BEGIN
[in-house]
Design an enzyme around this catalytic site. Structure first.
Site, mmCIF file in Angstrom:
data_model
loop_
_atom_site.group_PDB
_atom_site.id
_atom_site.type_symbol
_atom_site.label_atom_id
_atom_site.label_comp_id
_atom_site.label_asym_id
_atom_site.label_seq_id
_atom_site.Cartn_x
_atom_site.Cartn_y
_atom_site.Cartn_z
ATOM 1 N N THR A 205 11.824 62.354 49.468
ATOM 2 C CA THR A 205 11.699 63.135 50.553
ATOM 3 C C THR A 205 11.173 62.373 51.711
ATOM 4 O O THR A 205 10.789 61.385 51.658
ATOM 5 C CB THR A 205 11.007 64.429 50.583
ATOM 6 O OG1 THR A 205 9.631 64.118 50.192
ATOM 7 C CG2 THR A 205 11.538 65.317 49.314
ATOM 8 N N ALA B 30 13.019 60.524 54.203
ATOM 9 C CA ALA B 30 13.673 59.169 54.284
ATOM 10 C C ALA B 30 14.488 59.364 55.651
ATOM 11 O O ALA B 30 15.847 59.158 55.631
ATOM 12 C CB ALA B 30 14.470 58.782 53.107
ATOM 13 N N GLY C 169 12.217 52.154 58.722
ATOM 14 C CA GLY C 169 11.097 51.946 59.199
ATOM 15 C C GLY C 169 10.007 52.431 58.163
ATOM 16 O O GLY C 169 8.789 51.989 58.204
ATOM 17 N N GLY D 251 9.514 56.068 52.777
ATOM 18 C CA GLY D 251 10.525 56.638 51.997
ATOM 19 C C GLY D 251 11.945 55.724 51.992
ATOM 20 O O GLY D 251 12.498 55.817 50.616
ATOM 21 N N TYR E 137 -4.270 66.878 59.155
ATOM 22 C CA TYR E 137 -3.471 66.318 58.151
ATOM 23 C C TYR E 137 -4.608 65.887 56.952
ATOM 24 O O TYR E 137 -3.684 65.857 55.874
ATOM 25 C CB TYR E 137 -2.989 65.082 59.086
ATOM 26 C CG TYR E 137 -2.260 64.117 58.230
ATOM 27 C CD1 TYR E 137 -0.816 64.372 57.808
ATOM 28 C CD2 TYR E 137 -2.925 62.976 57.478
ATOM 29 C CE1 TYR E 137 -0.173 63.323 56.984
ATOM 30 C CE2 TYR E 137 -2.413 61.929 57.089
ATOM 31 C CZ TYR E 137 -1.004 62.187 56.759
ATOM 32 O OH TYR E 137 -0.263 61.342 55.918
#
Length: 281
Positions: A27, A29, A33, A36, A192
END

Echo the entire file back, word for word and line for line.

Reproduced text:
[in-house]
Design an enzyme around this catalytic site. Structure first.
Site, mmCIF file in Angstrom:
data_model
loop_
_atom_site.group_PDB
_atom_site.id
_atom_site.type_symbol
_atom_site.label_atom_id
_atom_site.label_comp_id
_atom_site.label_asym_id
_atom_site.label_seq_id
_atom_site.Cartn_x
_atom_site.Cartn_y
_atom_site.Cartn_z
ATOM 1 N N THR A 205 11.824 62.354 49.468
ATOM 2 C CA THR A 205 11.699 63.135 50.553
ATOM 3 C C THR A 205 11.173 62.373 51.711
ATOM 4 O O THR A 205 10.789 61.385 51.658
ATOM 5 C CB THR A 205 11.007 64.429 50.583
ATOM 6 O OG1 THR A 205 9.631 64.118 50.192
ATOM 7 C CG2 THR A 205 11.538 65.317 49.314
ATOM 8 N N ALA B 30 13.019 60.524 54.203
ATOM 9 C CA ALA B 30 13.673 59.169 54.284
ATOM 10 C C ALA B 30 14.488 59.364 55.651
ATOM 11 O O ALA B 30 15.847 59.158 55.631
ATOM 12 C CB ALA B 30 14.470 58.782 53.107
ATOM 13 N N GLY C 169 12.217 52.154 58.722
ATOM 14 C CA GLY C 169 11.097 51.946 59.199
ATOM 15 C C GLY C 169 10.007 52.431 58.163
ATOM 16 O O GLY C 169 8.789 51.989 58.204
ATOM 17 N N GLY D 251 9.514 56.068 52.777
ATOM 18 C CA GLY D 251 10.525 56.638 51.997
ATOM 19 C C GLY D 251 11.945 55.724 51.992
ATOM 20 O O GLY D 251 12.498 55.817 50.616
ATOM 21 N N TYR E 137 -4.270 66.878 59.155
ATOM 22 C CA TYR E 137 -3.471 66.318 58.151
ATOM 23 C C TYR E 137 -4.608 65.887 56.952
ATOM 24 O O TYR E 137 -3.684 65.857 55.874
ATOM 25 C CB TYR E 137 -2.989 65.082 59.086
ATOM 26 C CG TYR E 137 -2.260 64.117 58.230
ATOM 27 C CD1 TYR E 137 -0.816 64.372 57.808
ATOM 28 C CD2 TYR E 137 -2.925 62.976 57.478
ATOM 29 C CE1 TYR E 137 -0.173 63.323 56.984
ATOM 30 C CE2 TYR E 137 -2.413 61.929 57.089
ATOM 31 C CZ TYR E 137 -1.004 62.187 56.759
ATOM 32 O OH TYR E 137 -0.263 61.342 55.918
#
Length: 281
Positions: A27, A29, A33, A36, A192